I inherited much of my father’s library many years ago, including the entire eleven volume Story of Civilization, by Will and Ariel Durant. Included in the set was the single slim volume they wrote afterward by way of an introduction, The Lessons of History. Over the years I have frequently dipped into individual volumes of the main text for research, but I never read any entire volume until my wife came bouncing into my office one evening and thrust The Lessons of History under my nose and said, “Read this chapter!” I read it, and immediately wondered why the hell I hadn’t read the whole thing long ago. I have now rectified that. Not the whole eleven volume set, but I have read that one-volume introduction and I was blown away by it.
The Lessons of History is intended to be both an introduction and a survey of human history as a product of the human experience, of man’s essential evolutionary nature. The Durant’s do not judge; they do not say this system is better than that, or peace is better than war. They do not even bang the drum of George Santayana’s often misquoted maxim: “Those who cannot remember the past are condemned to repeat it.” What they do stress is that man will, in fact, continuously repeat the past because he cannot help himself. Man has evolved to be a particular organism with particular needs and desires and drives and responses and those are the things that influence his behavior, over and over again throughout the millennia. It will be many a long day before the lion evolves into a critter capable of lying down with the lamb, and it will be just as long before man evolves into a critter not driven by, “acquisitiveness, pugnacity, and pride.”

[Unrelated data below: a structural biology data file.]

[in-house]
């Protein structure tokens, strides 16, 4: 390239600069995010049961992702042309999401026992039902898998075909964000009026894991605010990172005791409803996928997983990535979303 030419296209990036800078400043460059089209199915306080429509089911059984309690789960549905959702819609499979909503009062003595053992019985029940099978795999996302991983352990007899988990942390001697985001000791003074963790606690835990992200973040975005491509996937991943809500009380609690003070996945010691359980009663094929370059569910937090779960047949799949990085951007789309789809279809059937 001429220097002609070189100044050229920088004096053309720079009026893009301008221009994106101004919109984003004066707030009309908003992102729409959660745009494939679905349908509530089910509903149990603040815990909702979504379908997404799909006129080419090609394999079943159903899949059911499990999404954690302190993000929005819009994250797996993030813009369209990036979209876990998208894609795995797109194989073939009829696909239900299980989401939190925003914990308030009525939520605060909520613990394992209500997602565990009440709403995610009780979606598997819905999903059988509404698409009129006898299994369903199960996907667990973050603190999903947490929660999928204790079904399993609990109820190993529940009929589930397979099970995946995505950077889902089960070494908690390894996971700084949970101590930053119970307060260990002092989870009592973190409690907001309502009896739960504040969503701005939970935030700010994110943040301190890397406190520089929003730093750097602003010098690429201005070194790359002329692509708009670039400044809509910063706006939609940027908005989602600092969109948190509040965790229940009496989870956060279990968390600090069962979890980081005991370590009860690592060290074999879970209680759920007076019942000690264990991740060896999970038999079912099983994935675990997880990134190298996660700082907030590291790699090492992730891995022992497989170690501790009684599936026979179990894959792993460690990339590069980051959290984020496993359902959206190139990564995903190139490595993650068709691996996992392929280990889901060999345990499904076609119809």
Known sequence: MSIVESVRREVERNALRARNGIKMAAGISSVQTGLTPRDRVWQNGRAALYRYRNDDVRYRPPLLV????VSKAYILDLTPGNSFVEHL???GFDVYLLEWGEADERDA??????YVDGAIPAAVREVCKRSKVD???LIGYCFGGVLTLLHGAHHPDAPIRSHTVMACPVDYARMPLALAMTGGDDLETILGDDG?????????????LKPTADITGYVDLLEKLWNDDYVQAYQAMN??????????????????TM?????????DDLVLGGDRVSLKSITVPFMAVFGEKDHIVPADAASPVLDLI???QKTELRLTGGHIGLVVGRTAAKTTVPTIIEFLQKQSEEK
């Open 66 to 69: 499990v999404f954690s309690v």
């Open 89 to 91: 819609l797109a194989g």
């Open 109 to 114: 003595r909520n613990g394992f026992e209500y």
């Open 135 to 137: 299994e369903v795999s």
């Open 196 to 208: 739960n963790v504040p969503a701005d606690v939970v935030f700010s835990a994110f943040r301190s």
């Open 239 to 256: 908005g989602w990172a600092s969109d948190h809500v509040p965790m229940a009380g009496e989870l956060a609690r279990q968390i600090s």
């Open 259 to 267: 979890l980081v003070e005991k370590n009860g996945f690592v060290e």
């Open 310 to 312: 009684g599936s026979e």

So what The Story of Civilization chronicles, and The Lessons of History summarizes, is the sequence of patterns of behavior that have been repeated continuously since the first known civilization(s), with “civilization” being defined as a social order that promotes cultural creation. But it is the laws of evolution that limit civilization, so that man’s natural instincts of competition (for food, mates, power), selection (some men will always have better competitive skills than others, and so there will always be inequality), and reproduction (influenced, obviously, by competition and selection) will always be the limiting factors that cause a civilization to rise and fall. And the rise and fall of civilizations—all civilizations that have been or are yet to come—is a given. None will last forever, and the speed with which they appear and vanish can depend on a variety of factors: geological, climatological, biological, or even political. Do you doubt that last one? Consider Communism. Primitive communism, meaning a society based on communal sharing, actually worked in hunter/gatherer societies that were constantly on the move pursuing game, but those are precisely the societies that have neither the leisure nor the wherewithal to pursue the cultural creation that defines a civilization. The moment a society depends on continuous labor to feed itself with provision for the future (as in agriculture, for example, as opposed to hunting and gathering) selection comes into play, along with its concomitant concept of private property (this patch of earth is more fertile and productive than that patch) with some men being more successful than others, and communism ceases to be an effective tool for societal survival. After all, if everything is going to be shared equally, I might as well just kick back here a take nap and let you do the heavy lifting.